If your 87 year old Aunt Edna all of a sudden started handing out fresh tabs of acid, would you complain about how embarrasing and un-hip Edna is with her rocking chair and Alzheimers n' all, or would you just shut up and enjoy this unexpected bounty... -- Patient Joab
Some doctors carry medicine and stethoscopes in their
little black bags. When an unnamed doctor from U.C.
Berkeley came to visit San Francisco last week, he decided
to bring a vial of tuberculosis bacilli instead. Whatever
he intended to do with the deadly bacteria will have to
wait until he can whip up a fresh batch, because someone
stole the vial.
It has been reported that "The glass vial was inside a metal canister that is
about 8 inches long, 3-to-4 inches in diameter, and carries a bright orange
biohazard warning label. The vial is wrapped in bubble wrap, and the bacteria
-- which is whitish in color and is about a quarter of a tablespoon in volume
-- is at the top of the vial. The vial is in a pocket of the bag, which is an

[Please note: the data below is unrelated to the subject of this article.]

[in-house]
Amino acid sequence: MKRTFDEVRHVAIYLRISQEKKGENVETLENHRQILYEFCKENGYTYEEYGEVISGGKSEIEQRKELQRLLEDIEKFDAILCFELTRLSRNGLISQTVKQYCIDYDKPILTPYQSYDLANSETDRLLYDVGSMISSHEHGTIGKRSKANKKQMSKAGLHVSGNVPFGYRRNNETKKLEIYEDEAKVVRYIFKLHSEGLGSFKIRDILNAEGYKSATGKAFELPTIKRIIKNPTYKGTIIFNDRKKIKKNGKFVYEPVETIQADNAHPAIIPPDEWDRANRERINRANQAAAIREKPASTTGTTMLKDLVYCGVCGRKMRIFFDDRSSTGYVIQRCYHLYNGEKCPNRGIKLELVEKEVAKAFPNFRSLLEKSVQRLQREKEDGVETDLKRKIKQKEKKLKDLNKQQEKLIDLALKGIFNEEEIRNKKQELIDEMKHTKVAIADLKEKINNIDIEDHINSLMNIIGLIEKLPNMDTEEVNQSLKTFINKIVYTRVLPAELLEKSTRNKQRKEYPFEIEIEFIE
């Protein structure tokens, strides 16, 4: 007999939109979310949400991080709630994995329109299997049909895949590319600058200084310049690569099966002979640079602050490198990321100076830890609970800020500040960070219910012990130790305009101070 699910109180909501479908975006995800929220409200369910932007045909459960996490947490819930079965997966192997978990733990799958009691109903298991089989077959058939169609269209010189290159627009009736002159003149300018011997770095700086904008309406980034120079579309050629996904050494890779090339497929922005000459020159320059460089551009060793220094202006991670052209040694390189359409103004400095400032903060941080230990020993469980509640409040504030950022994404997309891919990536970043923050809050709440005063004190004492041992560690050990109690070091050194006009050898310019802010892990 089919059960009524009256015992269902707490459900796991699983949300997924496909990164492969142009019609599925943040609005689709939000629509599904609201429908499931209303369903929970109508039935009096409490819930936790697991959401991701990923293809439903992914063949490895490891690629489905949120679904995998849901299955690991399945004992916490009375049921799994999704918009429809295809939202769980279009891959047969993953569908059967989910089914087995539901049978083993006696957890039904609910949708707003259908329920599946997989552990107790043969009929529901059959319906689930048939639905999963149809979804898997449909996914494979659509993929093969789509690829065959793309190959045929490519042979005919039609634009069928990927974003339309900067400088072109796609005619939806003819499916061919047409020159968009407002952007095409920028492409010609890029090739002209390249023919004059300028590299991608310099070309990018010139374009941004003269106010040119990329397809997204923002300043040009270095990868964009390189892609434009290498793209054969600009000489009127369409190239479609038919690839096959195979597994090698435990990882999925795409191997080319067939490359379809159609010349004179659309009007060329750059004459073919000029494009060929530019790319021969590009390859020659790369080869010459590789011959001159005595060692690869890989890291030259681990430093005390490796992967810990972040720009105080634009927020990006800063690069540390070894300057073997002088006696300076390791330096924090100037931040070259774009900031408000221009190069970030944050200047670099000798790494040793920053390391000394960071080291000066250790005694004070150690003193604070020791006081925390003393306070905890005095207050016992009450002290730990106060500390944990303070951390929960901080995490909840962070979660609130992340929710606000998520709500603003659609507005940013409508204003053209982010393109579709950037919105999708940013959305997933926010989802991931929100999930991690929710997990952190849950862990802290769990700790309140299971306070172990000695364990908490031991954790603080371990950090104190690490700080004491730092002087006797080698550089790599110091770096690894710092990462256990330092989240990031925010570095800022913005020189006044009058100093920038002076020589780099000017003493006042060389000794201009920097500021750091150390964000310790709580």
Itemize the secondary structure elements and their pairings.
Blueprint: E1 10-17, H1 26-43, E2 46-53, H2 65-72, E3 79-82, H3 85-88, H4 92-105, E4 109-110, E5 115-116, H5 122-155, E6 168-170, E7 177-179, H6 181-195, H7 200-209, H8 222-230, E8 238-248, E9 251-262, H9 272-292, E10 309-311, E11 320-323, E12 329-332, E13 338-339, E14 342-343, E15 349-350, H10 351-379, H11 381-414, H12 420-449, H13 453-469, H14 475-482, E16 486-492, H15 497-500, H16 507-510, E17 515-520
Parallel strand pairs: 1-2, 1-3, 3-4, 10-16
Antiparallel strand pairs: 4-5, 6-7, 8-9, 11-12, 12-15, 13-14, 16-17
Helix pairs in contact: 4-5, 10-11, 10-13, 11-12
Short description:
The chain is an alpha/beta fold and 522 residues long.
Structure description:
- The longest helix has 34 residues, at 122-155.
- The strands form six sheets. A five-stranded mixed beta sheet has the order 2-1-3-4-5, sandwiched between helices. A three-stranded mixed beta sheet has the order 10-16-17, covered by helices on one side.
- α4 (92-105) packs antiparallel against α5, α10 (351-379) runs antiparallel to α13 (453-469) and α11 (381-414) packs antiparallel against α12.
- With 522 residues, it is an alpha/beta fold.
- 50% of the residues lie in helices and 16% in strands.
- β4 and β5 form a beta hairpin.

Eddie Bauer bag."
Richard Holder, chief of inspectors with the San Francisco Police Department
and obviously not the sharpest cop on the beat, said that the doctor did not
notify police until Monday afternoon (6/28/99). Holder also said he did not
know why the doctor left the crime unreported so long.
I think a better question might be "What in hell are you doing carrying a vial
of deadly bacteria around in an Eddie Bauer bag for anyway, huh? Answer me
chump!" That's where I'd start my investigation. Is it a common practice for
doctors to walk around with vials full of biohazards? What was he thinking?
Richard Lee, an industrial hygienist with the San Francisco Department of
Public Health, said that the bacteria could infect anyone putting his nose to
the vial or wiping the bacteria with a hand and then touching the face. Of
course, to a person not used to dealing with biohazards, the tuberculosis could
look enough like cocaine that the thief might be tempted to line up a rail and